Ambient awareness allows individuals to easily disperse their energy and resources to facilitate bond maintenance and effectively to increase their ‘Dunbar number’ in a digital age where social media proliferates. Not necessarily something that the receiver would be interested in or find meaningful, the sharing of content creates a dialect of conversation that allows the person to immediately create an ongoing noise. These small details add value to relationships and further levels of intimacy with minimum effort. When socialising in a face-to-face setting, it feels oddly as if the two individuals have never bee apart. This is effectively the paradox of ambient awareness where over time these little mundane updates coalesce into a sophisticated portrait of a person live 7. Though bonds are kept to the peripheral intimate ties are formed and kept via this steady stream of socially shared information. This virtual connectivity that is not cognitively demanding creates a sense of presence that was not possible in the real world. The ambient information resembles an invisible dimension floating over everyday life 6 7.

As social media[edit]

Socially speaking, ambient awareness and social media are products of the new generations who are being born or growing up in the digital age, starting circa in 1998 and running to current times. Social media is personal media (what you're doing in the moment, how you feel, a picture of where you are) combined with social communication. Social media is the lattice work for ambient awareness. Without social media the state of ambient awareness cannot exist.

A significant feature of social media is that it is created by those who also consume it. Mostly, those participating in this phenomenon are adolescents, college age, or young adult professionals. According to Dr. Mimi Ito, a cultural anthropologist and Professor in Residence at the University of California at Irvine,[3] the mobile device is the greatest proxy device used to create and distribute Social Media. She reportedly states that "teenagers capture and produce their own media, and stay in constant ambient contact with each other..." using mobile devices. Usually while doing this they are consuming other forms of media such as music or video content via their iPods or other similar devices.[4] Effectively this has led social scientists to believe that learning and multitasking will have a new face as the products of the digital generation enter the work force and begin to integrate their learning methods into the standard preexisting business models of today. Professors Kaplan and Haenlein see ambient awareness as one of the major reasons for the success of such microblogging sites as Twitter.[5]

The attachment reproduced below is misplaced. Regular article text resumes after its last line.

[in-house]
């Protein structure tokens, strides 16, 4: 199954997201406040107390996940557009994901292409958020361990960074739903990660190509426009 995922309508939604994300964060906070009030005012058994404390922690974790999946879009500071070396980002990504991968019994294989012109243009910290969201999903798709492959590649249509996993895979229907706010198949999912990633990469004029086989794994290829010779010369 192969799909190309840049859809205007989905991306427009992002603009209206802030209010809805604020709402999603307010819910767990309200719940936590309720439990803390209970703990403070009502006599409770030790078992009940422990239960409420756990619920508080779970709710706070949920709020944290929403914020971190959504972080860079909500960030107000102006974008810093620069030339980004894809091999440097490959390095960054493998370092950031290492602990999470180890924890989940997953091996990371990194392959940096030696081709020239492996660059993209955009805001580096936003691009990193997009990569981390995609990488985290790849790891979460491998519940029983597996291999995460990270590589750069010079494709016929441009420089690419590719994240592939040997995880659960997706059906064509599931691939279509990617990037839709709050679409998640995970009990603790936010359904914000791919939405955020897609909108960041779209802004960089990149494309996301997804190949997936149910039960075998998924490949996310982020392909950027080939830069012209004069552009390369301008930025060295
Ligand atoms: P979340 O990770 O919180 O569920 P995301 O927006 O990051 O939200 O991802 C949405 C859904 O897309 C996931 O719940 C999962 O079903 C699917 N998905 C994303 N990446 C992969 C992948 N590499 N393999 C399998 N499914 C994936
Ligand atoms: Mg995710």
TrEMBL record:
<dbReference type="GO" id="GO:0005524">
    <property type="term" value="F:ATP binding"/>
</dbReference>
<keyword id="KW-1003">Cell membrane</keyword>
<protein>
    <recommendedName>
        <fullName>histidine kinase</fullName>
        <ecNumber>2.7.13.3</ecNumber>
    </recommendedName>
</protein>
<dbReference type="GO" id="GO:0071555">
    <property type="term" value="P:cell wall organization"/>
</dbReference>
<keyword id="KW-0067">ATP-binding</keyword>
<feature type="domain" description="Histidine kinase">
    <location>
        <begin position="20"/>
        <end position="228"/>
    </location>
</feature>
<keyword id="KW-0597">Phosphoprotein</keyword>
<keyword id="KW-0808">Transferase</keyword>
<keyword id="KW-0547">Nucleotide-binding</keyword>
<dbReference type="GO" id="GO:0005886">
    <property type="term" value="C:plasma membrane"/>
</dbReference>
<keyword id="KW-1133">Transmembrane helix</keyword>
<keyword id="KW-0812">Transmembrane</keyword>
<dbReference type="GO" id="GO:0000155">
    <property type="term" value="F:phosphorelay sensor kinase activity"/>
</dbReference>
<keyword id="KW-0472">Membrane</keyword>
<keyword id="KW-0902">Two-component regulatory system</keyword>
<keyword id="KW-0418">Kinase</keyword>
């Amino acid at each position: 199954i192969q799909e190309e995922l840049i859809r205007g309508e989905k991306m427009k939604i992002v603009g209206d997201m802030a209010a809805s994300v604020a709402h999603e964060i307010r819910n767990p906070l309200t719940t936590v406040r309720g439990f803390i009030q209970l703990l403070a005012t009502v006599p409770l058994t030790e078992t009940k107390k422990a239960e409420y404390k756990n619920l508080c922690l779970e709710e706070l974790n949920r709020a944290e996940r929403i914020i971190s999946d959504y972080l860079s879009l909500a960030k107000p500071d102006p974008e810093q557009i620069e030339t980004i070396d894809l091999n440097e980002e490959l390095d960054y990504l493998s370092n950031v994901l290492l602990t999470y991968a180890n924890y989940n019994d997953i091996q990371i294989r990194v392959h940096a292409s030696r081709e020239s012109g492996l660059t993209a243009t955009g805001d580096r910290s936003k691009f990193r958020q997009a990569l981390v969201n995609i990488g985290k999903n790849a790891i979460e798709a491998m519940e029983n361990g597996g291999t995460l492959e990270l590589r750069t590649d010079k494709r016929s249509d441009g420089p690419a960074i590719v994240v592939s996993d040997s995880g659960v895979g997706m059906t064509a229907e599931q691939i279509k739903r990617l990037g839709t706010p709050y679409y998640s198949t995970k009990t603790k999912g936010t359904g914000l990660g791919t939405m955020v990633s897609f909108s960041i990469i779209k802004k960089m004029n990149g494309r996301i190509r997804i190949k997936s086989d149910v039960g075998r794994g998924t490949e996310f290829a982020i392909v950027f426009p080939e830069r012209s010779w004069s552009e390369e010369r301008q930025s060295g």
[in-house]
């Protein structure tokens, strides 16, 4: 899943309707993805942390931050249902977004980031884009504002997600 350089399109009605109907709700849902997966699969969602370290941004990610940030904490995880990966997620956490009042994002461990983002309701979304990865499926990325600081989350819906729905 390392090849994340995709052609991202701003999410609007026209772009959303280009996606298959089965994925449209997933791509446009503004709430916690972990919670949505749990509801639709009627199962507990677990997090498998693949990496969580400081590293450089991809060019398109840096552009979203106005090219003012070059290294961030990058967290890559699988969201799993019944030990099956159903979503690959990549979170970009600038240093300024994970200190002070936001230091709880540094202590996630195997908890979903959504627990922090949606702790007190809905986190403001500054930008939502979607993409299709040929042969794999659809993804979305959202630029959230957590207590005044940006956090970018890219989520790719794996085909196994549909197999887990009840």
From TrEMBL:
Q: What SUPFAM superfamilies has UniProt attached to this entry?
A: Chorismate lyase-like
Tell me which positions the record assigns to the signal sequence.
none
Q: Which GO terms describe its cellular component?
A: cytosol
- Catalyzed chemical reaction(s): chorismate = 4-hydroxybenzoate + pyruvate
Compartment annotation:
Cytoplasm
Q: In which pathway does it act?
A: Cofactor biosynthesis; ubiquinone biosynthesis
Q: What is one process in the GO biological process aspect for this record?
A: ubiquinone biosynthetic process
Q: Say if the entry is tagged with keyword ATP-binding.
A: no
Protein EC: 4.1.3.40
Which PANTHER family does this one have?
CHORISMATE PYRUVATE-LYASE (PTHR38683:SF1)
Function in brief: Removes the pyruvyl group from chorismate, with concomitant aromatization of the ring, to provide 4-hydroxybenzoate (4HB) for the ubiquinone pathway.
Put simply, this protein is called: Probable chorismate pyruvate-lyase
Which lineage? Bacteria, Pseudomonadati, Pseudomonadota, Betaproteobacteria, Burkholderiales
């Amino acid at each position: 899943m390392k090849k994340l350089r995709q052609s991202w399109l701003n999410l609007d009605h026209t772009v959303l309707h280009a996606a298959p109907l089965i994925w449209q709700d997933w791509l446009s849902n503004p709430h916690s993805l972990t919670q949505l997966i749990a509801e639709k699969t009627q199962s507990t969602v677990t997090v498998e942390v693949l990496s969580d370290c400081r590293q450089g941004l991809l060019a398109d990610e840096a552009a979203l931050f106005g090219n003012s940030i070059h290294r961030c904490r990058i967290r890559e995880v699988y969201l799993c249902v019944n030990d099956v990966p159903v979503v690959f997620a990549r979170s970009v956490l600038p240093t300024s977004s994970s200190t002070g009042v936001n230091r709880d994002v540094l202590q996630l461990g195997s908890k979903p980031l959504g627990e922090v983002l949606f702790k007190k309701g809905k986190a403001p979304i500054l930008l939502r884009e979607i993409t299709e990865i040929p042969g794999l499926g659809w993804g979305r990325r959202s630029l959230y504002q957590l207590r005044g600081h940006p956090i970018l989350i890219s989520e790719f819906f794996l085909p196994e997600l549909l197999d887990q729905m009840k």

Ambient Intimacy in Social Media[edit]

“Virtual peripheral vision”, “ambient virtual co-presence” and “ambient intimacy” has become increasingly central to the landscape of social life since the proliferation of social media platforms 2. Mobile phones facilitate this participation in ambient awareness by functioning as a social bonding device that people can use when there is nothing immediately demanding their attention. The device can be utilised as a gap-filling mechanism to maintain social bonds regardless of a person’s geographical environment. Phones provide people with access to connection so as to not feel as though they are missing out on, abandoned by or forgotten from the constant stream of information. This attachment to social ties via ambient awareness also gives reason to why people keep their phones in sight or when a ringtone sounds and multiple people look at their phones expecting a notification.

Within the digital there are services for reporting where you’re traveling (Dopplr) or for quickly posting online a stream of pictures, videos or websites in in order to add to this ‘fire hose’ of information (Tumblr and Instagram). These tools also assist in giving details on location, such as attaching a location tag in a photo on Instagram so that followers know where the picture was taken. When the new iPhone, with built-in tracking, was introduced in July, one million people began using Loopt, a piece of software that automatically tells all your friends exactly where you are 7.